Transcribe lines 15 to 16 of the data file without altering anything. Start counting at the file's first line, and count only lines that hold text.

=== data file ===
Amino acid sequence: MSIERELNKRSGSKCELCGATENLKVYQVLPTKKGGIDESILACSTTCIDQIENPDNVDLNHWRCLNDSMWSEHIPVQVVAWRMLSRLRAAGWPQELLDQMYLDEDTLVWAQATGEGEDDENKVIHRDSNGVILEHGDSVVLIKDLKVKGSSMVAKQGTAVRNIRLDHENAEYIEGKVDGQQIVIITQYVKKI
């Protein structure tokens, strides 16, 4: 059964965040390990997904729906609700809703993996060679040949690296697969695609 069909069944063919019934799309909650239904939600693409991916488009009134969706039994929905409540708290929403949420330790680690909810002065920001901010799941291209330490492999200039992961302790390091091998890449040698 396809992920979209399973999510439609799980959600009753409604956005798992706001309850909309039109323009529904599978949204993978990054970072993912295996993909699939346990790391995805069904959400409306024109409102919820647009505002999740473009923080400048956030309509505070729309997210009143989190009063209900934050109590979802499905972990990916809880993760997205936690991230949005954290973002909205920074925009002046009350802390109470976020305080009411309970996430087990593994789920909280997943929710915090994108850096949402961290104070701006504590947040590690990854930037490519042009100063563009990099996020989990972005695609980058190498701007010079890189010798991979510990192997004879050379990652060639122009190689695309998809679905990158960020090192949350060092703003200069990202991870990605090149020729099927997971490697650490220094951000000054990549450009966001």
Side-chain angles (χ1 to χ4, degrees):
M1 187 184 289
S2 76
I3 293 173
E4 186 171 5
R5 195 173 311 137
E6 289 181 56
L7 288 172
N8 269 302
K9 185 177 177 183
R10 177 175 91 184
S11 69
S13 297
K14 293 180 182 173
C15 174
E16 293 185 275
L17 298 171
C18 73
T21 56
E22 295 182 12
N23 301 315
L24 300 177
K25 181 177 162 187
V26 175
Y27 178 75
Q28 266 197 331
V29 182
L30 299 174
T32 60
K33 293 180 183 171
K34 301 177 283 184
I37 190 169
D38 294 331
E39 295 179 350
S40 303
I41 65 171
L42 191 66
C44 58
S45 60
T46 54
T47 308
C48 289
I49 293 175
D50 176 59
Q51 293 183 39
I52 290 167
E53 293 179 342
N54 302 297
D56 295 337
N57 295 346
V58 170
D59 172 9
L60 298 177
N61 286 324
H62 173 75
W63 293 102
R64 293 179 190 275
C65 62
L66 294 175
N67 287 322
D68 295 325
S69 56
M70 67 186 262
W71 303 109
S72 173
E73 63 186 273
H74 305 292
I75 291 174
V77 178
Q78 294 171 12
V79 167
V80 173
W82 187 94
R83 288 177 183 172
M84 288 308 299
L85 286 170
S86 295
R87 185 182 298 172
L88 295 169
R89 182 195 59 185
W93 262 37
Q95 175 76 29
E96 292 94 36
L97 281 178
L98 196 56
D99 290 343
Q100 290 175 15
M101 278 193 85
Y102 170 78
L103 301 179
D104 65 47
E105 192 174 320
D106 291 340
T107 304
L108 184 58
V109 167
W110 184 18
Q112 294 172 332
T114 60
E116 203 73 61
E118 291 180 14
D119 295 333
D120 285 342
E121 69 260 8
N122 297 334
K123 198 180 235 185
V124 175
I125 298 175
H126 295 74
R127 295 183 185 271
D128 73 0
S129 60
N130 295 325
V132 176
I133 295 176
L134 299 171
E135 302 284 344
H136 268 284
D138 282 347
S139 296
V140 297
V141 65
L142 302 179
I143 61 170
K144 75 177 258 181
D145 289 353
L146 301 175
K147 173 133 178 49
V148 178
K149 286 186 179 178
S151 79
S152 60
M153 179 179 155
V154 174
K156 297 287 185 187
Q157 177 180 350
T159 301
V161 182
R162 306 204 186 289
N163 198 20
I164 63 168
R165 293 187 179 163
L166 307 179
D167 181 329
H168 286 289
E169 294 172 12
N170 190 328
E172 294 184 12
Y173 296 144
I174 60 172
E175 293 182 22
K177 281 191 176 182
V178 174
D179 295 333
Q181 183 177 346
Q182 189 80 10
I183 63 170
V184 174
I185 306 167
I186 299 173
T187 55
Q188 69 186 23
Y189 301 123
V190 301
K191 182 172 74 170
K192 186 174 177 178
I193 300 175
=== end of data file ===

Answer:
S13 297
K14 293 180 182 173